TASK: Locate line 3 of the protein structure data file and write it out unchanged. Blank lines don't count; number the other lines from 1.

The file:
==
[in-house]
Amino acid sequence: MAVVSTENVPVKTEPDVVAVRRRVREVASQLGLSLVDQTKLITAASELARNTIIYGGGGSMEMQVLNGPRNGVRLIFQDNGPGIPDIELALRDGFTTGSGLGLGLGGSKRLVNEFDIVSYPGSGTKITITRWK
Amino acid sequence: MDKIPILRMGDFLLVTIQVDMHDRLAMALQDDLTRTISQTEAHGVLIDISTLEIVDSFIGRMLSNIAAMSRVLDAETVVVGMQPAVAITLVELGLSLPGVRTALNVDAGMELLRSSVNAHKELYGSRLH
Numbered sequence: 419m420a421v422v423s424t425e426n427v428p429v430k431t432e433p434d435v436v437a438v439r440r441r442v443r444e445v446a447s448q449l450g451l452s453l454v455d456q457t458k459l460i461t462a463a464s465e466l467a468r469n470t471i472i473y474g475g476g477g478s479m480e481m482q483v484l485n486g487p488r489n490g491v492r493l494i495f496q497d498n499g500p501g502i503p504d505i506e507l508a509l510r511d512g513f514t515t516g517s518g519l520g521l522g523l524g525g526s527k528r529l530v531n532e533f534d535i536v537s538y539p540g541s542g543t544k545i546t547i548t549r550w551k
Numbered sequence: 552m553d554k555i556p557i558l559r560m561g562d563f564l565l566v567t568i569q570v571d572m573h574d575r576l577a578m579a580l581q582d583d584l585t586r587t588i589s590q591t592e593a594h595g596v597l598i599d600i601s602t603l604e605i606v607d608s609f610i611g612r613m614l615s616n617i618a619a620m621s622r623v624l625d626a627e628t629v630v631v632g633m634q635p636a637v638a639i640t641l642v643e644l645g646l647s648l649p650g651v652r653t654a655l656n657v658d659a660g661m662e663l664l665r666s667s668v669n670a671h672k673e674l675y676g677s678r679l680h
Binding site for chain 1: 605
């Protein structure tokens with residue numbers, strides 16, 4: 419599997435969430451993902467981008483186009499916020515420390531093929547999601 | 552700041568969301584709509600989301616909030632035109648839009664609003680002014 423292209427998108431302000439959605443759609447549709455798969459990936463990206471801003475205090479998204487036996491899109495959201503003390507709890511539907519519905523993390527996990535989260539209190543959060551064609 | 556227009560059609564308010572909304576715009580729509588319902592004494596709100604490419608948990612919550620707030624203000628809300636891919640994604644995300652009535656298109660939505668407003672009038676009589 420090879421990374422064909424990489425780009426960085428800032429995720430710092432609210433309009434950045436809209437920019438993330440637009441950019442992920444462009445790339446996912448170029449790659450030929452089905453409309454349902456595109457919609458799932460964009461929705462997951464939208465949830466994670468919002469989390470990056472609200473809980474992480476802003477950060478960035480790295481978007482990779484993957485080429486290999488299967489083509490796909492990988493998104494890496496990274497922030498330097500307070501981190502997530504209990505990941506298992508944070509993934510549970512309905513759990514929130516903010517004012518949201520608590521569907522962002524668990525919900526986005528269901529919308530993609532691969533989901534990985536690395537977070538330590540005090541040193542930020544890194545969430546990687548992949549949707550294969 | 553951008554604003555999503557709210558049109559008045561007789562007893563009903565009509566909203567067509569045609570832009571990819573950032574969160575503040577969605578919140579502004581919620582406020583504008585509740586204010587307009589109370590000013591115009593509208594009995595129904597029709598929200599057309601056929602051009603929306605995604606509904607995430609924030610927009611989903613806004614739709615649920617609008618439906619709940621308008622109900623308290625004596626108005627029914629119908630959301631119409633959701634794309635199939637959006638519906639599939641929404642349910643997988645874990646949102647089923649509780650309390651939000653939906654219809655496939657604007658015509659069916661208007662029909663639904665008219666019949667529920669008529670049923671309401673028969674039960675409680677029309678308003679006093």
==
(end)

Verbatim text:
Amino acid sequence: MDKIPILRMGDFLLVTIQVDMHDRLAMALQDDLTRTISQTEAHGVLIDISTLEIVDSFIGRMLSNIAAMSRVLDAETVVVGMQPAVAITLVELGLSLPGVRTALNVDAGMELLRSSVNAHKELYGSRLH